I mentioned in this post that I deplore gluttony, but I should qualify that by saying that gluttony is entirely permissible while traveling. This weekend while in Asheville, NC for a wedding, yoyo and I dined at three of Asheville's finest eating establishments and quaffed beers at two local breweries.

Highlights: 1) yoyo and I had tried to get into Early Girl Eatery twice before and each time didn't have time to wait ~45 minutes for a table. EG has a great logo and a lot of nice touches (blackberry jam in a pot on the table, homemade banana bread served warm from the grill-top, freerunning Sugar in the Raw for your coffee), but the biscuits were subpar (dense, the result of a pasty dough), and the banana bread far outshone the trademark tomato gravy (which tasted like a bland puree (why are organic hothouse tomatoes usually watery and tasteless?)). 2) Wedge Brewery -- a cool little watering hole by the river -- possibly where the "real" people in Asheville drink. The beer was flowing freely from $11 pitchers and kept our whole post-wedding crew in a good mood. Recommended: Iron Rail IPA (7.0% alc.). 3) The Admiral. I'd read so many quotes on the internet attesting to the Admiral's "hipsterness" that a perverse sense of curiosity and boredom drove yoyo and I there latenight to sample General Tso's Veal Sweetbreads (unremarkable - the glaze was ketchup-y). The vibe was good though, the soundtrack excellent, and the quasi-hipsters of Asheville were balanced by thrill-seeking boomers and senior citizens....Williamsburg the Admiral is not. Yoyo adds that the brownie dessert we shared was deliciously underbaked and the blueberry cream topping was tres bien. 4) Sunny Point Cafe -- yoyo and I had tried to get in here three times, and always passed because of the 45min-1hr wait. Recommended by yoyo: Fruit and cream cheese-filled french toast. I'd go back for: The biscuit that looked like a gigantic popover.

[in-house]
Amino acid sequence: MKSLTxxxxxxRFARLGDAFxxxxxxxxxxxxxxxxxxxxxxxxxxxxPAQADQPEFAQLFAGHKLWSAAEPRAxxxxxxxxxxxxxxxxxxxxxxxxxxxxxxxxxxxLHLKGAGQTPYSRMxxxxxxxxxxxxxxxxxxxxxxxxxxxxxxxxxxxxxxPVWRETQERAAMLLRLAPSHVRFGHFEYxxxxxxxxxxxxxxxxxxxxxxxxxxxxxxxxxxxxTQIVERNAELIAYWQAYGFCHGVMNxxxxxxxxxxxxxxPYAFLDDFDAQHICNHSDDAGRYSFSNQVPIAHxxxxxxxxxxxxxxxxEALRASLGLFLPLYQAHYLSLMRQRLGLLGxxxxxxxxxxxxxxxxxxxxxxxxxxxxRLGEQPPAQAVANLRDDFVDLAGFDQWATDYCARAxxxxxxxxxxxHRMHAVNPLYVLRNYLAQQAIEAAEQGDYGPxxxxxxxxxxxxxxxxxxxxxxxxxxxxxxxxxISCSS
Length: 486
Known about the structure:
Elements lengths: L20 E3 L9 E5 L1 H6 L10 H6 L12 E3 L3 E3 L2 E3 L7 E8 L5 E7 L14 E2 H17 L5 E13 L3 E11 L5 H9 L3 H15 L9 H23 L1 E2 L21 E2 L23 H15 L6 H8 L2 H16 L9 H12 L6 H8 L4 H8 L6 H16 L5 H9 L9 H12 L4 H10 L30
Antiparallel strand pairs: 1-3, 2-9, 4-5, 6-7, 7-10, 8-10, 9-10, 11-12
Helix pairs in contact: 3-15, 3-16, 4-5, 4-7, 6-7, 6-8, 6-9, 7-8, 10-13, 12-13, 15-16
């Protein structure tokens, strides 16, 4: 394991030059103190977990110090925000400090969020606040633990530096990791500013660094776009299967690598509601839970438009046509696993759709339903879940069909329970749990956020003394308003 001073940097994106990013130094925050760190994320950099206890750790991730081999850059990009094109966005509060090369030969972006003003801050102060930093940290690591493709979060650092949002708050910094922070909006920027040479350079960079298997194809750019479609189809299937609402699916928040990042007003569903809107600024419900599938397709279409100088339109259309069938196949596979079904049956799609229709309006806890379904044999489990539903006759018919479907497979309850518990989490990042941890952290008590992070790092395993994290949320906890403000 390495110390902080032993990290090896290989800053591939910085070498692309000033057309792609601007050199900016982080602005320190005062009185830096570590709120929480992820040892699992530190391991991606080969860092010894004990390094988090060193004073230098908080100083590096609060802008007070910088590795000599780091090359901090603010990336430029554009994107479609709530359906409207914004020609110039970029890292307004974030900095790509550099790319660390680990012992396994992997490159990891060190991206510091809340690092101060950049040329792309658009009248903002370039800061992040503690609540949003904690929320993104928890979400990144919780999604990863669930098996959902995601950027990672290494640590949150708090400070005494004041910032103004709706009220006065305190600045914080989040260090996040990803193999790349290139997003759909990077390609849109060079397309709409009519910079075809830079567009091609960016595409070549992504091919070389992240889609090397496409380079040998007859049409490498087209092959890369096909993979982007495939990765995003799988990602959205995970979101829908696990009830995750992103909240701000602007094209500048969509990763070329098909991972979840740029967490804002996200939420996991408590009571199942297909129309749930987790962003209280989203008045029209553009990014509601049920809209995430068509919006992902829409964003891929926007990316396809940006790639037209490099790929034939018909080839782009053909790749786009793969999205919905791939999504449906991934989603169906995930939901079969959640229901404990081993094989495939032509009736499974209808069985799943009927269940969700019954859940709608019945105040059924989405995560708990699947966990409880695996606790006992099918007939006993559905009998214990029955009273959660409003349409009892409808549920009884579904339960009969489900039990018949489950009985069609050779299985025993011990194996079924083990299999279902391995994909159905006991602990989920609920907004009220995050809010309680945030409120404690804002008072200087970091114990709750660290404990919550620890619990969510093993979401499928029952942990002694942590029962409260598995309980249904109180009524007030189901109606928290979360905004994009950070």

ToDoList

Thai Iced Tea
Thai Iced Coffee
Nutella Babka
Banana Bread
Ice Cream Sandwich Cookies

Week 19

I had to skip out of town for a wedding so SZ and RML held it down at the stand for me. Thanks guys! Here is SZ's account of the day's action:

The chocolate chip Mandel Bread was a big hit this week. We sold out
of the 12oz bags fairly quickly, and nearly moved all of the
individual slices. The granola also got many compliments, although a
few people felt that it was too sweet. For whatever reason, none of
the usual coffee sellers were at the market today, so Berenbaum's had
a monopoly on coffee at the Market, which helped us to sell out
quickly. The weather was beautiful too, very sunny and hot, typical of